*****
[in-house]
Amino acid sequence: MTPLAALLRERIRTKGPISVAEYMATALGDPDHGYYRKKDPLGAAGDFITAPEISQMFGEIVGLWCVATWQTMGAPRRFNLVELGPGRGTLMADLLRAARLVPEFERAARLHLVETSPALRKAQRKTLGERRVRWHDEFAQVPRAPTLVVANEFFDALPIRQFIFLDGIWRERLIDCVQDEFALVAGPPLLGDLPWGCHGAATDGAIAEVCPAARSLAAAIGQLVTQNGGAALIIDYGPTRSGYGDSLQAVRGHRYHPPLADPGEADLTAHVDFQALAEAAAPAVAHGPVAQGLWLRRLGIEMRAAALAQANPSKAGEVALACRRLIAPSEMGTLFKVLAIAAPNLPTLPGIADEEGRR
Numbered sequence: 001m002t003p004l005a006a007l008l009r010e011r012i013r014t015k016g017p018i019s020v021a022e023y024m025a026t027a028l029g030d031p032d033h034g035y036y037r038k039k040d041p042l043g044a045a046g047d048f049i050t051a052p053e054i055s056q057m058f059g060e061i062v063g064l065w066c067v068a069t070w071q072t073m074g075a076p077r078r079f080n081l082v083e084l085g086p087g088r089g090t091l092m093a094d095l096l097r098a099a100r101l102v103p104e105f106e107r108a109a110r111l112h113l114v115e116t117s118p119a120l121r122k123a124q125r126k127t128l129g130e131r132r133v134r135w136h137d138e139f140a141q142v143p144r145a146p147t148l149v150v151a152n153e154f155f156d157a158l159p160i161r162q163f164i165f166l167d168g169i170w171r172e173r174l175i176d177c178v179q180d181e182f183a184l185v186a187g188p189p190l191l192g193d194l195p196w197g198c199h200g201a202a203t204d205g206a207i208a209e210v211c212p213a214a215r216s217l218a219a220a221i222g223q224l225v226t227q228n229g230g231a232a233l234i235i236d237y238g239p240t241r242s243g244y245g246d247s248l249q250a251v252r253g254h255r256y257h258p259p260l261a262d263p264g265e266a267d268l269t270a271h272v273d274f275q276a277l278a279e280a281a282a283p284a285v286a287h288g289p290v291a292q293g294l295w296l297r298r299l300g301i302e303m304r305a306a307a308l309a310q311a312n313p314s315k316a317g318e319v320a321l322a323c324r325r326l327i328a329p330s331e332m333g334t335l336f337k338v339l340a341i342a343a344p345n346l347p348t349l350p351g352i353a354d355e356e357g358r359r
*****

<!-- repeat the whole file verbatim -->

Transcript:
[in-house]
Amino acid sequence: MTPLAALLRERIRTKGPISVAEYMATALGDPDHGYYRKKDPLGAAGDFITAPEISQMFGEIVGLWCVATWQTMGAPRRFNLVELGPGRGTLMADLLRAARLVPEFERAARLHLVETSPALRKAQRKTLGERRVRWHDEFAQVPRAPTLVVANEFFDALPIRQFIFLDGIWRERLIDCVQDEFALVAGPPLLGDLPWGCHGAATDGAIAEVCPAARSLAAAIGQLVTQNGGAALIIDYGPTRSGYGDSLQAVRGHRYHPPLADPGEADLTAHVDFQALAEAAAPAVAHGPVAQGLWLRRLGIEMRAAALAQANPSKAGEVALACRRLIAPSEMGTLFKVLAIAAPNLPTLPGIADEEGRR
Numbered sequence: 001m002t003p004l005a006a007l008l009r010e011r012i013r014t015k016g017p018i019s020v021a022e023y024m025a026t027a028l029g030d031p032d033h034g035y036y037r038k039k040d041p042l043g044a045a046g047d048f049i050t051a052p053e054i055s056q057m058f059g060e061i062v063g064l065w066c067v068a069t070w071q072t073m074g075a076p077r078r079f080n081l082v083e084l085g086p087g088r089g090t091l092m093a094d095l096l097r098a099a100r101l102v103p104e105f106e107r108a109a110r111l112h113l114v115e116t117s118p119a120l121r122k123a124q125r126k127t128l129g130e131r132r133v134r135w136h137d138e139f140a141q142v143p144r145a146p147t148l149v150v151a152n153e154f155f156d157a158l159p160i161r162q163f164i165f166l167d168g169i170w171r172e173r174l175i176d177c178v179q180d181e182f183a184l185v186a187g188p189p190l191l192g193d194l195p196w197g198c199h200g201a202a203t204d205g206a207i208a209e210v211c212p213a214a215r216s217l218a219a220a221i222g223q224l225v226t227q228n229g230g231a232a233l234i235i236d237y238g239p240t241r242s243g244y245g246d247s248l249q250a251v252r253g254h255r256y257h258p259p260l261a262d263p264g265e266a267d268l269t270a271h272v273d274f275q276a277l278a279e280a281a282a283p284a285v286a287h288g289p290v291a292q293g294l295w296l297r298r299l300g301i302e303m304r305a306a307a308l309a310q311a312n313p314s315k316a317g318e319v320a321l322a323c324r325r326l327i328a329p330s331e332m333g334t335l336f337k338v339l340a341i342a343a344p345n346l347p348t349l350p351g352i353a354d355e356e357g358r359r